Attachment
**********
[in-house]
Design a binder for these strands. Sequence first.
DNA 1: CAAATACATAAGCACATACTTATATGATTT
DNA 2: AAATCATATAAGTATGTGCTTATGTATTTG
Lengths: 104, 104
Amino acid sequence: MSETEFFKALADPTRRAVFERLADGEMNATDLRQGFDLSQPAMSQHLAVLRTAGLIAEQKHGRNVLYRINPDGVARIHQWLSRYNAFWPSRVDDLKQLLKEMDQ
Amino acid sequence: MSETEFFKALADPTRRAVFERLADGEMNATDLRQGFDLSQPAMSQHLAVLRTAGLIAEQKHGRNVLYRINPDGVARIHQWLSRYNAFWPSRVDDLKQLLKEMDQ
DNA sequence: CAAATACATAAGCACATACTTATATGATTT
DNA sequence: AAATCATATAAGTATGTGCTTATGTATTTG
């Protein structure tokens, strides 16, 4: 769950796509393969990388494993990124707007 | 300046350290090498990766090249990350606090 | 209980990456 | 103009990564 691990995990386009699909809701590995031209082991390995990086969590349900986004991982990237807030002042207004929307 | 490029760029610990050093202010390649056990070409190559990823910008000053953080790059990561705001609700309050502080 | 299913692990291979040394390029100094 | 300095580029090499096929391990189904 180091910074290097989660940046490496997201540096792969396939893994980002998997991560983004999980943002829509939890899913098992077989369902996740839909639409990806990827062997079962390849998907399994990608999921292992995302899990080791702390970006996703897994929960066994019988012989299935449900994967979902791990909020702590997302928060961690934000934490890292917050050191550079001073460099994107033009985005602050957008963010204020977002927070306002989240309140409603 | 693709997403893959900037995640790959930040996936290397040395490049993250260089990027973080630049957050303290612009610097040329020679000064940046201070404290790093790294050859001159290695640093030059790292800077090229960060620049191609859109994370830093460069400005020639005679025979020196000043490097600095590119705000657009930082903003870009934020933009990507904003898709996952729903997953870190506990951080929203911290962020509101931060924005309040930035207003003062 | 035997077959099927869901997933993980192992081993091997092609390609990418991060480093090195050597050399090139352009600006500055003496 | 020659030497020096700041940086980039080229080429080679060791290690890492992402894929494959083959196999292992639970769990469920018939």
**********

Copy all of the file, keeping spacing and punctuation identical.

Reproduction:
[in-house]
Design a binder for these strands. Sequence first.
DNA 1: CAAATACATAAGCACATACTTATATGATTT
DNA 2: AAATCATATAAGTATGTGCTTATGTATTTG
Lengths: 104, 104
Amino acid sequence: MSETEFFKALADPTRRAVFERLADGEMNATDLRQGFDLSQPAMSQHLAVLRTAGLIAEQKHGRNVLYRINPDGVARIHQWLSRYNAFWPSRVDDLKQLLKEMDQ
Amino acid sequence: MSETEFFKALADPTRRAVFERLADGEMNATDLRQGFDLSQPAMSQHLAVLRTAGLIAEQKHGRNVLYRINPDGVARIHQWLSRYNAFWPSRVDDLKQLLKEMDQ
DNA sequence: CAAATACATAAGCACATACTTATATGATTT
DNA sequence: AAATCATATAAGTATGTGCTTATGTATTTG
């Protein structure tokens, strides 16, 4: 769950796509393969990388494993990124707007 | 300046350290090498990766090249990350606090 | 209980990456 | 103009990564 691990995990386009699909809701590995031209082991390995990086969590349900986004991982990237807030002042207004929307 | 490029760029610990050093202010390649056990070409190559990823910008000053953080790059990561705001609700309050502080 | 299913692990291979040394390029100094 | 300095580029090499096929391990189904 180091910074290097989660940046490496997201540096792969396939893994980002998997991560983004999980943002829509939890899913098992077989369902996740839909639409990806990827062997079962390849998907399994990608999921292992995302899990080791702390970006996703897994929960066994019988012989299935449900994967979902791990909020702590997302928060961690934000934490890292917050050191550079001073460099994107033009985005602050957008963010204020977002927070306002989240309140409603 | 693709997403893959900037995640790959930040996936290397040395490049993250260089990027973080630049957050303290612009610097040329020679000064940046201070404290790093790294050859001159290695640093030059790292800077090229960060620049191609859109994370830093460069400005020639005679025979020196000043490097600095590119705000657009930082903003870009934020933009990507904003898709996952729903997953870190506990951080929203911290962020509101931060924005309040930035207003003062 | 035997077959099927869901997933993980192992081993091997092609390609990418991060480093090195050597050399090139352009600006500055003496 | 020659030497020096700041940086980039080229080429080679060791290690890492992402894929494959083959196999292992639970769990469920018939």